The shorter answer is: when am I going to write? I have no time to write.


P.S. I’ll go check Garfield(less).

(later) Garfield(less) is most excellent.



First of all, thank you for bringing this to my attention. I’d heard
about it early last year and had absently failed to follow up. That
would have been my loss. So, primarily, despite any spew below, thanks
so much.

I’ve listened to Zeitkratzer’s MMM twice now. I liked it better the
first time, but I still liked it the second time, so I’m not sure what
subsequent listens will bring. I also listened to Ascension and
Crippled Symmetry and OV and Music for 18 Musicians today for sake of

The textures are wondrous. It’s almost unimaginable that it’s all
acoustic and that it’s done live (more on this aspect later). And I
think it would have quickly jumped to my top shelf of favorite
compositions if not for the following problems (for me):

I don’t care about its history. I wish I didn’t know. I’ve only heard
Reed’s MMM once, long ago, and wasn’t that impressed (although it was
before I had much of an internal lexicon for these sorts of things).
So its “rock star” origins don’t do anything for me. The fact that
Krieger transcribed it in its entirety is such an astonishing fact
that it somewhat pollutes the experience for me. This knowledge will
become less problematic with future listens, I’m sure. I don’t like
the way it’s presented, live in three sections with applause
interruption (though it must be exhausting for the performers and they
probably couldn’t go 45 minutes without stopping). It’s very jarring
to suddenly hear the audience and realize I’m not alone in all that
glorious sound but am a voyeur to their experience. Why not a
definitive studio recording (sans crowd and sans Reed) so that it
could stand as a piece of music and not as a remarkable performance
event (stunt)? I don’t at all care for Reed’s guitar solo that nearly
finishes the work and it isn’t even up to the original’s standards (if
memory serves).

Do you have the original MMM? Is it worth purchasing for comparison?

Zeitkratzer’s version certainly holds up to Orthrelm’s OV (or anything
I’ve heard from Merzbow or Earth or Sun O))) or Dead C for sustained
noise-throb). But it doesn’t match Ascension’s palpability, Feldman’s
endless tension-weaves, or Reich’s pulses and flows.

The best parts of it all make me think a little of Xenakis’ plateau-like slabs.

In the end, I’d say it lacks the resonances of intention (a private
inner life). Still, I’m quite grateful to have made its acquaintance.
And will seek out more like it, if such exists. Please let me know if
you get wind of anything.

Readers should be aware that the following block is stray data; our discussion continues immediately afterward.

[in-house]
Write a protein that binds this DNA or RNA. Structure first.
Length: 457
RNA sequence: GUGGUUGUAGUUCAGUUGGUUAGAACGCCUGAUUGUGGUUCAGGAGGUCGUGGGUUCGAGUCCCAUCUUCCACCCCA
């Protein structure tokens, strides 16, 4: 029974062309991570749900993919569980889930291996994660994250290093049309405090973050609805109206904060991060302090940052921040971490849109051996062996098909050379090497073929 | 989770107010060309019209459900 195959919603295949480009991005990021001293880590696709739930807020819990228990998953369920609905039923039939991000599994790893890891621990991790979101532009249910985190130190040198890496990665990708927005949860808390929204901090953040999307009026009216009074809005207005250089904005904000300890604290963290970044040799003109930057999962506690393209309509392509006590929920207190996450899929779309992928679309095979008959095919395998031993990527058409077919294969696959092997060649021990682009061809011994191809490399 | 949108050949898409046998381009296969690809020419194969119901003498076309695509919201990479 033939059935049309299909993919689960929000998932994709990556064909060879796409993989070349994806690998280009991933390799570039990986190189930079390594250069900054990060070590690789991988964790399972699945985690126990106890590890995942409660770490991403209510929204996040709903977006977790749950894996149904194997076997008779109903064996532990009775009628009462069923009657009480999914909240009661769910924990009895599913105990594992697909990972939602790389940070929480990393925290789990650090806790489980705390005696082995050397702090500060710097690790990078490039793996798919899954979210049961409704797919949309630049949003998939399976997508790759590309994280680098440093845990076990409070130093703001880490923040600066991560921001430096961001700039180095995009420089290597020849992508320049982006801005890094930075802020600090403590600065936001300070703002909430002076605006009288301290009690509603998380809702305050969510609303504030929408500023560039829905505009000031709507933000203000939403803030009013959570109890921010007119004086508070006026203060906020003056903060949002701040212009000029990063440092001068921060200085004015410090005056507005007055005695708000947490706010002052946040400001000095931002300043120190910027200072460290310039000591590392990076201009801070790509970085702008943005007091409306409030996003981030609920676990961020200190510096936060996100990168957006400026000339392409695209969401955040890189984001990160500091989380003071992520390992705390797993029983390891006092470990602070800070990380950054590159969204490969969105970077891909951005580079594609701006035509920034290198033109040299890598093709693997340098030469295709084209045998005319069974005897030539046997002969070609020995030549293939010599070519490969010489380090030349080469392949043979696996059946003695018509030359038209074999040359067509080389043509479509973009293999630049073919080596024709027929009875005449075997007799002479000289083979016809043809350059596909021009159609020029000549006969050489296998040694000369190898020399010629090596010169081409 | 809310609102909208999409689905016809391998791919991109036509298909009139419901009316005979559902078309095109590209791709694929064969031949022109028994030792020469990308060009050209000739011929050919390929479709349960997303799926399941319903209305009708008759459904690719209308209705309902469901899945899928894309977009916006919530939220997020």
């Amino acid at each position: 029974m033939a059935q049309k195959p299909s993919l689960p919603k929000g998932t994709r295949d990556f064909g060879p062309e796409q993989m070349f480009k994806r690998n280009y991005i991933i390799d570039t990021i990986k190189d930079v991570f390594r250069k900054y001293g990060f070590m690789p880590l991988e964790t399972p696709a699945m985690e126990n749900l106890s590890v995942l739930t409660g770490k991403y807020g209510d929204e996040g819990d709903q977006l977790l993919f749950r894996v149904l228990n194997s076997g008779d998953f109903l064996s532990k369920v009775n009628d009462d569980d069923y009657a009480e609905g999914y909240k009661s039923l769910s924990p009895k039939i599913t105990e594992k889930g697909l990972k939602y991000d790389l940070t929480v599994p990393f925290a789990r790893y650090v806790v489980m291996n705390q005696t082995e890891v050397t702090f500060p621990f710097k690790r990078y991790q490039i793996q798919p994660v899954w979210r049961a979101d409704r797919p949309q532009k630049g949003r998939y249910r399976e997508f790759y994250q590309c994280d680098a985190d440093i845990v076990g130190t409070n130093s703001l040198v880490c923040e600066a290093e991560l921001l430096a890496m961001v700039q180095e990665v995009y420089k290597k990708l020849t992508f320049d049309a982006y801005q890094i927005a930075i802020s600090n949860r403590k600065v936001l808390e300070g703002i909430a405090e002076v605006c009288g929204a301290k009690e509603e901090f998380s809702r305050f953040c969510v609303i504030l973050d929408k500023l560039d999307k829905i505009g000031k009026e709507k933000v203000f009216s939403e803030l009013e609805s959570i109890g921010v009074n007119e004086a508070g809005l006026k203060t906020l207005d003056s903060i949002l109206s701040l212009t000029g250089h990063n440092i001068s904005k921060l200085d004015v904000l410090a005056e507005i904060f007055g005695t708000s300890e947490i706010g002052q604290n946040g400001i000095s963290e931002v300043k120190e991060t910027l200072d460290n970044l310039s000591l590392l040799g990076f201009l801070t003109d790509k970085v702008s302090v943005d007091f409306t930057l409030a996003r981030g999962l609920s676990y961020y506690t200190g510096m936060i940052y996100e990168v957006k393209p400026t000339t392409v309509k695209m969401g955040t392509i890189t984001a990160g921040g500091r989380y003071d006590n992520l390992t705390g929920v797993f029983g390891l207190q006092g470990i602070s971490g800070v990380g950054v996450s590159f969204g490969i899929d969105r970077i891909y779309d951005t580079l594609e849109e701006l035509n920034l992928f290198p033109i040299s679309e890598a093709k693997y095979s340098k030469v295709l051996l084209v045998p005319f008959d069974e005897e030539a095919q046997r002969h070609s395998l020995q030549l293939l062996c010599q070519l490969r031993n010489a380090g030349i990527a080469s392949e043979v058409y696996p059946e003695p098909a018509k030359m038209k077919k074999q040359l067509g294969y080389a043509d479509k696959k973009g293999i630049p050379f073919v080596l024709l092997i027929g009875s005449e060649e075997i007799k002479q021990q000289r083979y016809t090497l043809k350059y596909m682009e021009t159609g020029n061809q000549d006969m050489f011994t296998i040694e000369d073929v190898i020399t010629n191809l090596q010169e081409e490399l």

Tim, you are, as always, a remarkable hard ass. This is, I expect, one of your adorable qualities. I agree that any participation of Lou in the piece is problematic. I also agree that Lou cannot play very well anymore. Lou remains a challenging character. (I’m writing about New York underground music right now, and that’s what led me in this direction in the first place. And he certainly doesn’t come off too well in those accounts, the accounts of the Velvets.) Part of the problem IS the sort of “authorized” quality of the Metal Machine Music recording we have at hand. Maybe they couldn’t get the rights unless Lou got his grimy fingers all over it. And I recommend not believing everything he has to say on the subject. In a way, for me, the best analogue for this recording is the Bang on a Can All-Stars recording of Music For Airports, which was one of the very first of these “classical” covers of popular music (there are many others: Alarm Will Sound covering Aphex Twin (great in spots); that jazz pianist Brad Mehldau (sp) covering Radiohead (not terribly interesting to me, as Radiohead is only fleetingly compelling, I think); Ensemble Moderne doing Frank Zappa (quite spectacular on the first disc)). In the Music For Airports performance the balancing act is just as intense, because it too is really loop-oriented. On the original MMM, the piece is recorded in loops, but it’s really hard to tell where the loops begin and end, as the piece has no melodic center. It would be easy to duplicate this piece, in a way, by saying: okay the drone lasts for 48 minutes, or however long the original LP would have lasted. With Music For Airports, the loops are melodic, so you have to score out the whole thing for the exact number of repetitions that you have on the original. What was great about the Bang on a Can recording is that as the album wears on, they take greater liberties with the original, so that by the final piece (“2/2”) they have a clarinet adding these filigrees of new melody expanding on what was, originally, a piece for analogue synthesizer. This is a hallmark of the sub-genre (serious music renderings of pop), and I think, as with Proust’s description of metaphor (in Proust on Ruskin, I think), serious music achieves best when the rendering is at the greatest possible distance from the original. Clarinet and analogue synthesizer, e.g. Anyway, for me, this recording of MMM has a similar feel, and the transcription must have been arduous, yes, and the performance was probably arduous, yes, but remember that the original piece was four sides of an LP, and thus had breaks in it too. So there’s a rationale for pauses. And as far as doing it before a live audience goes, there’s the issue of how “classical” ensembles get paid. Usually, a piece is a commissioned for a specific venue (the Berlin Opera House, e.g.), and it’s possible that Zeitkratzer didn’t record the piece first because they had the arrangement with Berlin Opera House to perform it. One of my very favorite recent albums, A Crimson Grail by Rhys Chatham, is scored for 400 electric guitars, and that piece was performed first (in fact, I don’t think it would be possible to do it in a studio setting, unless you rented out an entire concert hall), in a church (can’t remember which right now) in Paris. I think Zeitkratzer sort of had that piece in mind when doing this one, or that’s my guess.